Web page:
There are 100 blasts of the Shofar heard in the service of Rosh Hashana, the Jewish New Year.
A religious Jew is expected to utter at least 100 blessings daily.
The United States Senate has 100 Senators.
Most of the world’s currencies are divided into 100 subunits; for example, one euro is one hundred cents and one pound sterling is one hundred pence.
The U.S. hundred-dollar bill has Benjamin Franklin’s portrait; the “Benjamin” is the largest U.S. bill in print. American savings bonds of $100 have Thomas Jefferson’s portrait, while American $100 treasury bonds have Andrew Jackson’s portrait.
In other fields
One hundred is also:
The number of years in a century.
The number of pounds in an American short hundredweight.
In Greece, India, Israel and Nepal, 100 is the police telephone number.
In Belgium, 100 is the ambulance and firefighter telephone number.
In United Kingdom, 100 is the operator telephone number.
The HTTP status code indicating that the client should continue with its request.
The 100 (TV series), science-fiction television series broadcast on the CW Network, beginning in 2014.
The number of yards in an American football field (not including the end zones).
The number of runs required for a cricket batsman to score a century, a significant milestone.
The number of points required for a snooker cueist to score a century break, a significant milestone.
The record number of points scored in one NBA game by a single player, set by Wilt Chamberlain of the Philadelphia Warriors on March 2, 1962.
I keep seeing all these amazing writers on WordPress with their published novels, or talking about Camp NaNo and their finished/almost finished first draft and I can feel the excitement bubbling inside me and threatening to spill out. I want to write a novel! The problem is, I only have one or two vague, half-formed ideas on what I could write a novel about and I want to just jump right in and start writing. The over-excited little girl in me is jumping out and down, squealing and clapping her hands. All the while, she is telling me “We’ll find the plot line as we go. We’ll make up the characters as we go. We’ll work out if its a good enough idea to become an actual novel as we go…” I see a pattern emerging. She’s impatient and over excitable and needs to be reigned in. A lot.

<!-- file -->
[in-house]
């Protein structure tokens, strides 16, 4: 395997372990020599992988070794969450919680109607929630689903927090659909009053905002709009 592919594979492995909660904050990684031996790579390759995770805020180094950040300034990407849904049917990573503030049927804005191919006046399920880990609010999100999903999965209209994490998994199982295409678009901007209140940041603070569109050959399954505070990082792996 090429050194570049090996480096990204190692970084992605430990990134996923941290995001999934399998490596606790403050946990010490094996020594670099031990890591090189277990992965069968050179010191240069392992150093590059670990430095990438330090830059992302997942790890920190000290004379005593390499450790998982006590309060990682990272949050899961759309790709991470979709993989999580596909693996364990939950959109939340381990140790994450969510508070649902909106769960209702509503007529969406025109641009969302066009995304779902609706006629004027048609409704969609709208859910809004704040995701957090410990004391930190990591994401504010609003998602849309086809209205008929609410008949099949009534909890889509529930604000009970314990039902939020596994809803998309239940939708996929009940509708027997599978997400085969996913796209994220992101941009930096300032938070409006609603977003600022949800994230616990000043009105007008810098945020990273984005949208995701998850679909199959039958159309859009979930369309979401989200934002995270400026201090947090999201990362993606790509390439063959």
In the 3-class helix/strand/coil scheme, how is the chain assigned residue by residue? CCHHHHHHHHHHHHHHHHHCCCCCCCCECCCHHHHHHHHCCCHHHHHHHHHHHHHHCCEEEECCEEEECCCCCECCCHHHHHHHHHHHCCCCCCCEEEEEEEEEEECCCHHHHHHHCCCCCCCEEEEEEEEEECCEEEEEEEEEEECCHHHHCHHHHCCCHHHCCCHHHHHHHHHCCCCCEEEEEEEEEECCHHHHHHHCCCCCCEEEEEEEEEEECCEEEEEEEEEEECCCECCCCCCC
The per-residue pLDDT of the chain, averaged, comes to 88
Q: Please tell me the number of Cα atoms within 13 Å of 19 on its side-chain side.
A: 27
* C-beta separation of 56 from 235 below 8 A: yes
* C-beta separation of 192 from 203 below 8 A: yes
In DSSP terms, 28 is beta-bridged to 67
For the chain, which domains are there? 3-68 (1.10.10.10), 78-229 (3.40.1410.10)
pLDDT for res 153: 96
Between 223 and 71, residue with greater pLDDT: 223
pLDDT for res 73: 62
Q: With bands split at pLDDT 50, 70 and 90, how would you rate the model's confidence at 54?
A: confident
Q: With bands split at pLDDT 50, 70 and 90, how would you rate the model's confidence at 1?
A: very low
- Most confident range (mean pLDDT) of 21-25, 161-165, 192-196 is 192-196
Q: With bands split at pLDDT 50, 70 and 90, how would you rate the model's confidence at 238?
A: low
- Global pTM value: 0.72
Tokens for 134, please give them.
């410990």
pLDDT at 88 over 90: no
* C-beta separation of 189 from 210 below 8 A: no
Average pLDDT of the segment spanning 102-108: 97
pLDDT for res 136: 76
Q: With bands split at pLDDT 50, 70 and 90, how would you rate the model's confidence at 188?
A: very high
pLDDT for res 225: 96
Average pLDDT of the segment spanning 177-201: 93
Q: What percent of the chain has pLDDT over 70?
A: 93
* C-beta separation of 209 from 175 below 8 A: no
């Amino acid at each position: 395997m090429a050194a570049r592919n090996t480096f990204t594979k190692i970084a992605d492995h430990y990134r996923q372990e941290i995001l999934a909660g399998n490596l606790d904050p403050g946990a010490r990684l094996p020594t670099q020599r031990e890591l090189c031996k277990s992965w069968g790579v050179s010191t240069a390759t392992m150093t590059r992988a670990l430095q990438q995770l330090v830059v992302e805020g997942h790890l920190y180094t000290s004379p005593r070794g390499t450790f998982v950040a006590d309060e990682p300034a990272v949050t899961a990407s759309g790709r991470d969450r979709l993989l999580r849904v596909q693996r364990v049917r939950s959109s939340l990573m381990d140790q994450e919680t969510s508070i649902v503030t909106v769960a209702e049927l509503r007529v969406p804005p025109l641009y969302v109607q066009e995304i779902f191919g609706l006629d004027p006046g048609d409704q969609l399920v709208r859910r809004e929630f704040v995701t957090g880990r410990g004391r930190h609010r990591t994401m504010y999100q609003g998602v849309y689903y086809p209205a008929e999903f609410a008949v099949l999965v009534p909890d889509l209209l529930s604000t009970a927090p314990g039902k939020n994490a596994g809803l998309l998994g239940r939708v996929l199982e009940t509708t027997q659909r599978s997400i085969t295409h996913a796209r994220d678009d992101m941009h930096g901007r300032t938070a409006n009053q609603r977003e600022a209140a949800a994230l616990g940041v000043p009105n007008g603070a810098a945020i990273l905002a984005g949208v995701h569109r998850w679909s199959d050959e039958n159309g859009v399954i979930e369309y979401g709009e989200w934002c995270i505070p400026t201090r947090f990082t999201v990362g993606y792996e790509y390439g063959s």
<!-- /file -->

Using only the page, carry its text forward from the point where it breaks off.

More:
I am new to the whole writing ‘thing’, I only started writing in January with the exception of one or two made up stories on the fly. Because that is what I did when I didn’t take writing seriously, that is what my inner child wants me to do now. The thing is, I take my writing rather seriously now. I don’t want to go at this half-baked, I want to do things properly. That means making preparations. So my over-excitable inner child needs to be subdued a little and I need to look at this in the most organised way possible.
I have just started Module 5 of my creative writing course which conveniently looks at novel writing. Modules 6 and 7 are also dedicated to the subject. That alone lets me know that there is a lot to cover. The basics of story writing was covered in previous modules regarding writing a short story, and there are STILL 3 more modules to do with turning that into “How to write a full blown novel”. The first part of the module is all about commitment. What do I define as commitment? How do I stay committed when I realise just how long it can take to get from an idea to a full blown fully written, re-written, re-written again, edited, edited more, edited to within an inch of it’s life manuscript that is ready for publishing? What will I do when my famously impatient inner child gets bored of waiting and starts jumping up and down, clapping her hands and telling me all about this other great idea she’s had for me to do?
My answer so far is….
I don’t know. I have never attempted anything of this magnitude before so I don’t know how I will handle it. I suspect it will involve arguing with myself, alcohol, chocolate, and some lovely
nagging encouragement from my new writing friends to make sure I keep moving in the right direction. How do YOU keep yourself motivated during the long and arduous process of plotting, planning, writing, re-writing, editing, crying in frustration, marketing and publishing your precious work of literary art?
Hello! I have been asked to write this post for the Writing Process Blog Tour by the lovely Kate Loveton. (My apologies for being slightly late.) Kate has this fantastic description of herself on her blog that says:
Aspiring novelist. Avid reader of fiction. Reviewer of books. By day, my undercover identity is that of meek, mild-mannered legal assistant, Kate Loveton, working in the confines of a stuffy corporate law office; by night, however, I’m a super hero: Kate Loveton, Aspiring Novelist and Spinner of Tales. My favorite words are ‘Once upon a time… ‘
If you haven’t already taken a peek at her blog, then you can find it here.
Before I get to answering the questions given to me about my writing, There was another part of the deal. Nominate three other writers to also write a post about their own writing process.